Despite limited research, interest in the treatment of Autism Spectrum Disorder (ASD) using animal-assisted therapy has grown over the decade.
A study published in the American Journal of Veterinary Behavior is the first scientific evidence that dog ownership can diminish stress and improve functionality in families who have a child with ASD, as well as reduce dysfunctional interactions between parent and child.
Autism, also known as Autism Spectrum Disorder, is a developmental disorder that affects behavior and communication, covering a wide scale in terms of severity and type of symptoms.
Professor Daniel Mills and his research associates at the University of Lincoln in the United Kingdom is the first team to examine the long-term effects of owning a dog in families who have a child with autism.
The study, funded by the Human Animal Bond Research Institute (HABRI) Foundation, is a follow up to a previous study on short-term effects to determine the longevity of the benefits in connection with quality of life issues.
Families were divided into two groups: the intervention group with a pet dog and the control group without a pet dog.
Data were acquired using the Parenting Stress Index (PSI) that measures Total Stress, Parental Distress and Difficult Child, with standardized individual reporting.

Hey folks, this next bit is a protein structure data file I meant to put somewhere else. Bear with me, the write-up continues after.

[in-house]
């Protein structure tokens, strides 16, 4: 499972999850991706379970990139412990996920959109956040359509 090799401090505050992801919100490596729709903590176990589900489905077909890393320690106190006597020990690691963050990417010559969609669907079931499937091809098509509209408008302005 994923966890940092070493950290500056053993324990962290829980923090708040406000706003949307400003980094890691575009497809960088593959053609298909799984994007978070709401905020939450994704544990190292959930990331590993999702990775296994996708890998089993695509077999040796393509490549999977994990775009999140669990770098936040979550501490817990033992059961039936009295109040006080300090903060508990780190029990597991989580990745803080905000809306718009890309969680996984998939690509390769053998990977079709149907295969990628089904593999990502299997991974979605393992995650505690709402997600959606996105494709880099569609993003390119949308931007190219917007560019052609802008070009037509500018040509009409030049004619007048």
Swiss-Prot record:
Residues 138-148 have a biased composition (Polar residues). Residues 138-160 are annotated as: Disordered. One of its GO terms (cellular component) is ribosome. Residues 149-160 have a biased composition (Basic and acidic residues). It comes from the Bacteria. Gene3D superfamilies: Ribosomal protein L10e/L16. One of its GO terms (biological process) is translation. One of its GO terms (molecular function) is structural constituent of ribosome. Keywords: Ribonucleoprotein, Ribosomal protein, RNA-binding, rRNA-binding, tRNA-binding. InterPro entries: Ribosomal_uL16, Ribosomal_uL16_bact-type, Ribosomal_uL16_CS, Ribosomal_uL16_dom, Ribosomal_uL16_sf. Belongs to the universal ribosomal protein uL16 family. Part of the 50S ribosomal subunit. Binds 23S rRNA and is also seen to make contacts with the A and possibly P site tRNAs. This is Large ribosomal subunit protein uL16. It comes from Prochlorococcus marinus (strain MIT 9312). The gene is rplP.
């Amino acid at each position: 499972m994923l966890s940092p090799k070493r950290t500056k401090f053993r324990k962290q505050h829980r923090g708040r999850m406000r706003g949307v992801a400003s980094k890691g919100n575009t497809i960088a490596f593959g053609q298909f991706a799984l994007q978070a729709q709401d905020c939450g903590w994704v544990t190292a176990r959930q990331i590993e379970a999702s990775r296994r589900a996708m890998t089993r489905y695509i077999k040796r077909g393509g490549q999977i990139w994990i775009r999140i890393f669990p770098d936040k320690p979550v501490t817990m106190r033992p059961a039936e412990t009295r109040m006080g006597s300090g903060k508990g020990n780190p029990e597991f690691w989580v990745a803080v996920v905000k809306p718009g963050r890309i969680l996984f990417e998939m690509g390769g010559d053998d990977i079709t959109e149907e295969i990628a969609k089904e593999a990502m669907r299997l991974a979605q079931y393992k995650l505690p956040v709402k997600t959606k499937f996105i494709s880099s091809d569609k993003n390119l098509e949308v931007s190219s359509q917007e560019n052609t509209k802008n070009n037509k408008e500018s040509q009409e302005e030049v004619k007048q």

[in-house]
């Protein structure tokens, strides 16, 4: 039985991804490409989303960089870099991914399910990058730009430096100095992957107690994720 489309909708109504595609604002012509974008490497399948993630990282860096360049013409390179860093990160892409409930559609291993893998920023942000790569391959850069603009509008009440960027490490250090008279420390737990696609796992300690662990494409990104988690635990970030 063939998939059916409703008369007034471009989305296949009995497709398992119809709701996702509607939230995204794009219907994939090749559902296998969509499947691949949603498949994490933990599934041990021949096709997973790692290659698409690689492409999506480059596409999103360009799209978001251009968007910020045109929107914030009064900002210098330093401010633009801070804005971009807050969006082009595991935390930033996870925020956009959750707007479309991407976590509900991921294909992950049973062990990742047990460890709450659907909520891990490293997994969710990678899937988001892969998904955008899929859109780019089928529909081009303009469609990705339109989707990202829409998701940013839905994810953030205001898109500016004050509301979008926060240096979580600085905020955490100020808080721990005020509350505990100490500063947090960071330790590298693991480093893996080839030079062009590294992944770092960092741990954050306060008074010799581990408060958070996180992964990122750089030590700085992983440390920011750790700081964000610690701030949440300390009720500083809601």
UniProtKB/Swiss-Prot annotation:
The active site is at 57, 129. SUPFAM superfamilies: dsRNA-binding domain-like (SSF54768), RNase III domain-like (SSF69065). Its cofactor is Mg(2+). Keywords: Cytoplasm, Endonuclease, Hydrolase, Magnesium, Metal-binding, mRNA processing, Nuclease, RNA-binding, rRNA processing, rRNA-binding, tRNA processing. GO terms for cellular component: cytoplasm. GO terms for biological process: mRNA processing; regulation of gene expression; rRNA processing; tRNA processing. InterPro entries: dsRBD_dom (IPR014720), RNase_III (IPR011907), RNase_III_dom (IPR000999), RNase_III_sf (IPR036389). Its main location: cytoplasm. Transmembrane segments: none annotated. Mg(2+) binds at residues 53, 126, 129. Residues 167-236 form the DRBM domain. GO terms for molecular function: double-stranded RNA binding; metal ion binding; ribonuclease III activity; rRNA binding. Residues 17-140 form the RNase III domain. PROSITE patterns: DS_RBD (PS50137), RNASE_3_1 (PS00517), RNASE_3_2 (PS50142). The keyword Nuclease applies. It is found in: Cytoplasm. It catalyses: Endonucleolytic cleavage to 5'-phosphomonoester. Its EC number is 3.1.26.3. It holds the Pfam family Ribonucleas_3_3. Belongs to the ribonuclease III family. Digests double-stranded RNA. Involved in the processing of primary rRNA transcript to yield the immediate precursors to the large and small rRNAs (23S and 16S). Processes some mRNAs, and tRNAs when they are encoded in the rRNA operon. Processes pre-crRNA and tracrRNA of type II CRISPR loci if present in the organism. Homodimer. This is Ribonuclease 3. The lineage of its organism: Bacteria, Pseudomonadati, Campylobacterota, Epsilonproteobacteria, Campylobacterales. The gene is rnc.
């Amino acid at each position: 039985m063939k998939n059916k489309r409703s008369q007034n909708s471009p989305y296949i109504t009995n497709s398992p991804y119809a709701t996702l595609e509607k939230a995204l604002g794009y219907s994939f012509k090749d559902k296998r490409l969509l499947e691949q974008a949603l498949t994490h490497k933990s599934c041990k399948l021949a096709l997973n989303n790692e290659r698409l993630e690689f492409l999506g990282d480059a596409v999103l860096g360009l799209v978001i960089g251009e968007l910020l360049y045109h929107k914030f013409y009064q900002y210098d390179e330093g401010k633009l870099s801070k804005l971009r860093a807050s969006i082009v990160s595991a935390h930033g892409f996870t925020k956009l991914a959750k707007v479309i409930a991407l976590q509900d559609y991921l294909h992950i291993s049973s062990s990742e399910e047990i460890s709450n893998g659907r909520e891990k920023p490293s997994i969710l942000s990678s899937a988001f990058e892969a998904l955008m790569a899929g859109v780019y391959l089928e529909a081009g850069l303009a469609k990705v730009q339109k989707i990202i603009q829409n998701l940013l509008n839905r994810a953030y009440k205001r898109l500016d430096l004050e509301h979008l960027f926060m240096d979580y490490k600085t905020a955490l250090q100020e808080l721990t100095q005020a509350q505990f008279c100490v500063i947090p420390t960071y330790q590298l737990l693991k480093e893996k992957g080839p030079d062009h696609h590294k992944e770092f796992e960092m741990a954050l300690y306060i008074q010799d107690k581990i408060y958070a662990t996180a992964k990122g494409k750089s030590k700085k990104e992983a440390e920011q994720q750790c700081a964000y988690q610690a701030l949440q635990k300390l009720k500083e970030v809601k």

The study reveals these three main insights:
- The PSI of the intervention group showed significant improvement, normalizing from clinically high stress levels, compared to the control group.
- Stress levels continue to decline among dog owners, but not in families without a dog, demonstrating that the benefits last for years after acquiring the pet.
- The more attached the caregiver is to the dog, the less stressed they are, highlighting the importance of the bond between caregiver and pet.
ASD therapy with dogs is an emerging science that requires further evaluation and research. Due to the individual nature of autism and the unique characteristics of dogs, disparities give rise to three study limitations:
- Making direct comparisons with other studies measuring parental stress levels in ASD programs is difficult.
- A randomized case control design is neither ethical nor feasible, as pet dogs are regarded as family members by their owners and acquiring them represents a voluntary act of intervention.
- ASD diagnosis, evaluation, and treatment in children are individual and varied.
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